They came for North Korea's biggest political event in decades. What they have been getting is a lot of sightseeing — except one, who got kicked out.

North Korea has brought in more than 100 journalists from around the world to make sure that the 7th Congress of its ruling Workers' Party gets global attention. But four days into the event, which is being held in an ornate hall called the April 25 House of Culture, only the trusted state-run media has been allowed inside and — other than their reports — virtually no information is being made available on what is actually going on.

While all the important decisions and newsworthy declarations were being made by leader Kim Jong Un and the more than 3,400 delegates at the meeting — representing the country's political elite — officials have dutifully kept the foreign media busy with trips around the showcase capital to show them the places it most wants them to see — a maternity hospital with seemingly state-of-the-art equipment, a wire-making factory where managers say salaries and production are both going up, the humble birthplace of national founder Kim Il Sung, which has been converted into a sort of museum-park with a large "funfair" right next door.

On Monday, it was expelling a BBC journalist, Rupert Wingfield-Hayes, for "insulting the dignity" of the country. O Ryong Il, secretary-general of the North's National Peace Committee, said the journalist's news coverage distorted facts and "spoke ill of the system and the leadership of the country." He said Wingfield-Hayes wrote an apology and would never be admitted into the country again.

Wingfield-Hayes was not among the media covering the congress; he had covered an earlier trip of Nobel laureates and had been scheduled to leave Friday. Instead, he was stopped at the airport, detained and questioned. The BBC said Wingfield-Hayes producer Maria Byrne and cameraman Matthew Goddard were also detained Friday and taken to the Pyongyang airport Monday.

For anyone familiar with North Korea, this all comes as no surprise. Information and access are precious commodities here. And keeping them under tight control is one of North Korea's greatest skills.

Instead of covering votes and speeches, reporters have been taken on the subway and given a ride on the newest train, which North Korean officials claim to have developed themselves. They've been shown a farm, and have been taken around an apartment in a new complex of high-rises, government offices and shops on Scientists' Street.

On Monday, the media buses headed off to a silk factory.

It makes for some pretty pictures, some interesting glimpses of daily life — through the bus window. But for a media hungry for real news and insight, it has also produced a lot of grumbling and incredulity.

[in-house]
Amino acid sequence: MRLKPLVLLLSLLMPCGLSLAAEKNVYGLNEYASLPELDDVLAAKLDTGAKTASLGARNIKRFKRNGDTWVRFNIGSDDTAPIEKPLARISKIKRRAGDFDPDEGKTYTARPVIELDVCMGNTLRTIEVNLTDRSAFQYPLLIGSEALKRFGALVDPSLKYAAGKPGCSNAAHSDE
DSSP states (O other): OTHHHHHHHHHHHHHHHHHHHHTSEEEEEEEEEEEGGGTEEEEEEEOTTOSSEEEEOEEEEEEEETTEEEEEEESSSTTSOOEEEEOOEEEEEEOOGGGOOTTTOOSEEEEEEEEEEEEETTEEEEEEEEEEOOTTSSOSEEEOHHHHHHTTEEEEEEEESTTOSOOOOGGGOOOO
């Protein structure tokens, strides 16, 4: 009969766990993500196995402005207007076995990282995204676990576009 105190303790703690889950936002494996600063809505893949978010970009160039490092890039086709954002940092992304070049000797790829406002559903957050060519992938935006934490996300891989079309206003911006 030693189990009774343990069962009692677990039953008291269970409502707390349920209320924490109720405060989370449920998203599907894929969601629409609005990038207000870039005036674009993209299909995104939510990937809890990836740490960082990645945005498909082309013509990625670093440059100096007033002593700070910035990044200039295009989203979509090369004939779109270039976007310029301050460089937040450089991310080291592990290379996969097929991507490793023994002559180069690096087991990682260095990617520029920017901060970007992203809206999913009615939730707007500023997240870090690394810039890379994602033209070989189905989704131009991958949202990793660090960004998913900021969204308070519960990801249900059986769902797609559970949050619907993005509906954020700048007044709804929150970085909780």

The selected sites clearly, and by design, shed little light on what life in the capital, or the country, is for the average North Korean.

That is better seen on the side streets, or the coffee shops, or car repair garages. In these places, as long as the topic isn't about politics, the North Koreans show a much different face, the more familiar one of a people whose main cares are about their daily lives, their families, the futures.

Compare that with the typically carefully worded comments one tends to get in even the simplest man-in-the-street interview, this one from a retired physician. Pak Su Won was having a few drinks at a beer hall that is normally reserved for locals, but which allowed The Associated Press in while other foreign journalists wrapped up their Scientists' Street tour.

"Thanks to the care of the party and our leader I am able to come here twice a week to enjoy myself and meet with my friends," the 66-year-old said. "We live happy lives as long as we have our leader and party."

With that said, he then reverted to being a typical grandfather, laughing and joking about his grandchildren.

There are indications that North Korean officials had considered giving visiting journalists some access to larger events than a trip to a wire factory. At one point they were told on very short notice to dress nicely, then were bused to a conference hall where rows of black limousines used by top party officials were parked. After waiting impatiently to be allowed in, they were told simply and without explanation: "The program has changed. Go back and have lunch."

It's possible the "golden chance" may yet to materialize — the congress is expected to continue for a couple more days. In the meantime, foreign journalists' main opportunity to cover the event will come through the televisions in the hotel media room.


Eric Talmadge has been the AP's Pyongyang bureau chief since 2013 and travels to North Korea regularly. Follow him on Instagram at erictalmadge.